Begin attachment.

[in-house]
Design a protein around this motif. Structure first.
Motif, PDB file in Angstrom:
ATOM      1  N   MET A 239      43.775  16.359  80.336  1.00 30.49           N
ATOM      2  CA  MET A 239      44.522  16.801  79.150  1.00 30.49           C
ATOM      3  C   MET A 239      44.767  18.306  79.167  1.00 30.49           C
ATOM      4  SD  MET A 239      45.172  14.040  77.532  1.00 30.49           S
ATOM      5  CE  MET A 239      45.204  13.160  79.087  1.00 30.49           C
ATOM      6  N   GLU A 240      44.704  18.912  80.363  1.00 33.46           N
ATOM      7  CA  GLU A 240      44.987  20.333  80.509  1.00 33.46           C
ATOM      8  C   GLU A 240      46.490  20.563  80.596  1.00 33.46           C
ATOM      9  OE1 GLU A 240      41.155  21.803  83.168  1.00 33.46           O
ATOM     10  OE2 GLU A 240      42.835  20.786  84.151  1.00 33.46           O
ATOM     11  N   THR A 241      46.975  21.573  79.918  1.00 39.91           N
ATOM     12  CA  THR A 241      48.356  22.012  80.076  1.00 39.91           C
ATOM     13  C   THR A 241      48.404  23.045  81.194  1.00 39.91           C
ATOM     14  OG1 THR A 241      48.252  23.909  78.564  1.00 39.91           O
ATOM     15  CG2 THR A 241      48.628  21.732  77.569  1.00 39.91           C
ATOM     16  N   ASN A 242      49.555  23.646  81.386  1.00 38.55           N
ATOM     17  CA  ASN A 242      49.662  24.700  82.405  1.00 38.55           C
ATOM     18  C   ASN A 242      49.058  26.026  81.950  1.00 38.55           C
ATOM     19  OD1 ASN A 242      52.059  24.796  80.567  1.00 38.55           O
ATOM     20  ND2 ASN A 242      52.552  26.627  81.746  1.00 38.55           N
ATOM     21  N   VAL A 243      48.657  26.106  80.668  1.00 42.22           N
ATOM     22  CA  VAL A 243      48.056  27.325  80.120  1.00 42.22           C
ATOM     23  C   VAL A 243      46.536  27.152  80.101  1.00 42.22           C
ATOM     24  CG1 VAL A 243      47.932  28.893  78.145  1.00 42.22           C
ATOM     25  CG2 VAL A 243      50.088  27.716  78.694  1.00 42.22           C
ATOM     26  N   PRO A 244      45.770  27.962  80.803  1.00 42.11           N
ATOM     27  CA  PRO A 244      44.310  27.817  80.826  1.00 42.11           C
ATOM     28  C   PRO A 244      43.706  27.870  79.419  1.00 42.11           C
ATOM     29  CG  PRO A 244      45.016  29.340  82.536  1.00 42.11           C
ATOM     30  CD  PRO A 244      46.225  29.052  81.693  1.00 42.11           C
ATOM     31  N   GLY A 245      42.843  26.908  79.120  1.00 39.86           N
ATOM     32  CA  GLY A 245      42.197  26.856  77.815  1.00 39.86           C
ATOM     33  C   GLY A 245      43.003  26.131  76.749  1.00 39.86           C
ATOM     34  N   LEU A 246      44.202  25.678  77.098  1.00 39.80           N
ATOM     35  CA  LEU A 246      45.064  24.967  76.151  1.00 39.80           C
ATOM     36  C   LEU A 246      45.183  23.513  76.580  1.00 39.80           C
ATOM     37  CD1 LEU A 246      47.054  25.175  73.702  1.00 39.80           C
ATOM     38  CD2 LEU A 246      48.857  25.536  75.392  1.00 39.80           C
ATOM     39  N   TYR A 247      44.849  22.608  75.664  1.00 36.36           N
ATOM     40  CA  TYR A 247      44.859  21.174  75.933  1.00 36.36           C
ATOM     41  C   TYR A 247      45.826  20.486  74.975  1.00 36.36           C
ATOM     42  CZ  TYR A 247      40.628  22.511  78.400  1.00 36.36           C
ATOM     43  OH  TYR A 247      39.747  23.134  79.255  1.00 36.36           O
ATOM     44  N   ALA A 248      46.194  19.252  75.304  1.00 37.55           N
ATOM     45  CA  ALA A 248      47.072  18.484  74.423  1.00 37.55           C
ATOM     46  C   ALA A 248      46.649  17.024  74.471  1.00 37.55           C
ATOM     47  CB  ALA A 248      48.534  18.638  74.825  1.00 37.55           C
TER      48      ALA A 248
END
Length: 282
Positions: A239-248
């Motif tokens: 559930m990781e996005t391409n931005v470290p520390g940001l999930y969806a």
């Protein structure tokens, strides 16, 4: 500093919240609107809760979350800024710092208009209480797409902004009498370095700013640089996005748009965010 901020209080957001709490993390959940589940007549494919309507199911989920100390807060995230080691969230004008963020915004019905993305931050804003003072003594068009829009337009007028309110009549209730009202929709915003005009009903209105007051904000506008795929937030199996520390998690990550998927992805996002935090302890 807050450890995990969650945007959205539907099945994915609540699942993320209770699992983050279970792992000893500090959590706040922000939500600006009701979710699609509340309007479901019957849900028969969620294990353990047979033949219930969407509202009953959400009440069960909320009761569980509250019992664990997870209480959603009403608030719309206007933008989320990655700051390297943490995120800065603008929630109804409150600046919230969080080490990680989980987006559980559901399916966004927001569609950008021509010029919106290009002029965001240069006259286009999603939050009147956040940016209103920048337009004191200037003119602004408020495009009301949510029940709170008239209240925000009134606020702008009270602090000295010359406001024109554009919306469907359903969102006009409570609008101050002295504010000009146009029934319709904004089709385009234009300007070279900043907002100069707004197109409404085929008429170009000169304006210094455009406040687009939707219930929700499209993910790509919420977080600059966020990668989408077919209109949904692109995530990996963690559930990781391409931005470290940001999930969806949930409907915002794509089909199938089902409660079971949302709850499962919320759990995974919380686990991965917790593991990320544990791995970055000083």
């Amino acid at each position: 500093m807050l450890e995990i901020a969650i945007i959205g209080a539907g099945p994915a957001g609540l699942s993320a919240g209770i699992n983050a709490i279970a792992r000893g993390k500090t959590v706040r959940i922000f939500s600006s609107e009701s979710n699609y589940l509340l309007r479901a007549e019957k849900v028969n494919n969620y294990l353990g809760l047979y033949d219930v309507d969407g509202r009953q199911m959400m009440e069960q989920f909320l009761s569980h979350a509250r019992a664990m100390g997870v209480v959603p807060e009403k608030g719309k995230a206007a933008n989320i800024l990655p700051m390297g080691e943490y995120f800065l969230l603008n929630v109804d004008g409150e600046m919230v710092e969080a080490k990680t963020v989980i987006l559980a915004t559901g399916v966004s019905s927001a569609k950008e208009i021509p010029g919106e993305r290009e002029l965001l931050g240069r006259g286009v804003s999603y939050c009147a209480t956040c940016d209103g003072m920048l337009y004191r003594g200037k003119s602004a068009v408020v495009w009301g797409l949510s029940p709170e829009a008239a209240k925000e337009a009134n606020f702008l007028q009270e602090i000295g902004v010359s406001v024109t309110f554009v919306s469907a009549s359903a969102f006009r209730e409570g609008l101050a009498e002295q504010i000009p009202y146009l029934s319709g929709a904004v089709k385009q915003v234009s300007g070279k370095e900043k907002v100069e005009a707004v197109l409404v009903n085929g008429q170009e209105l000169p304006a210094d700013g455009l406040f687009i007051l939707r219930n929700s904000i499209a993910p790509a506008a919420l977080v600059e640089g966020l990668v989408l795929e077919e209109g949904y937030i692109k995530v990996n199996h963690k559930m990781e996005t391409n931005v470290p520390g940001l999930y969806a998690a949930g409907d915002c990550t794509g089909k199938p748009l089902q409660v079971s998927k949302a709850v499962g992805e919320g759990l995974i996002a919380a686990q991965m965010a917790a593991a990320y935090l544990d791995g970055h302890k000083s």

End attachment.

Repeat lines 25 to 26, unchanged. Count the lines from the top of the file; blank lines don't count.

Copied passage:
ATOM     22  CA  VAL A 243      48.056  27.325  80.120  1.00 42.22           C
ATOM     23  C   VAL A 243      46.536  27.152  80.101  1.00 42.22           C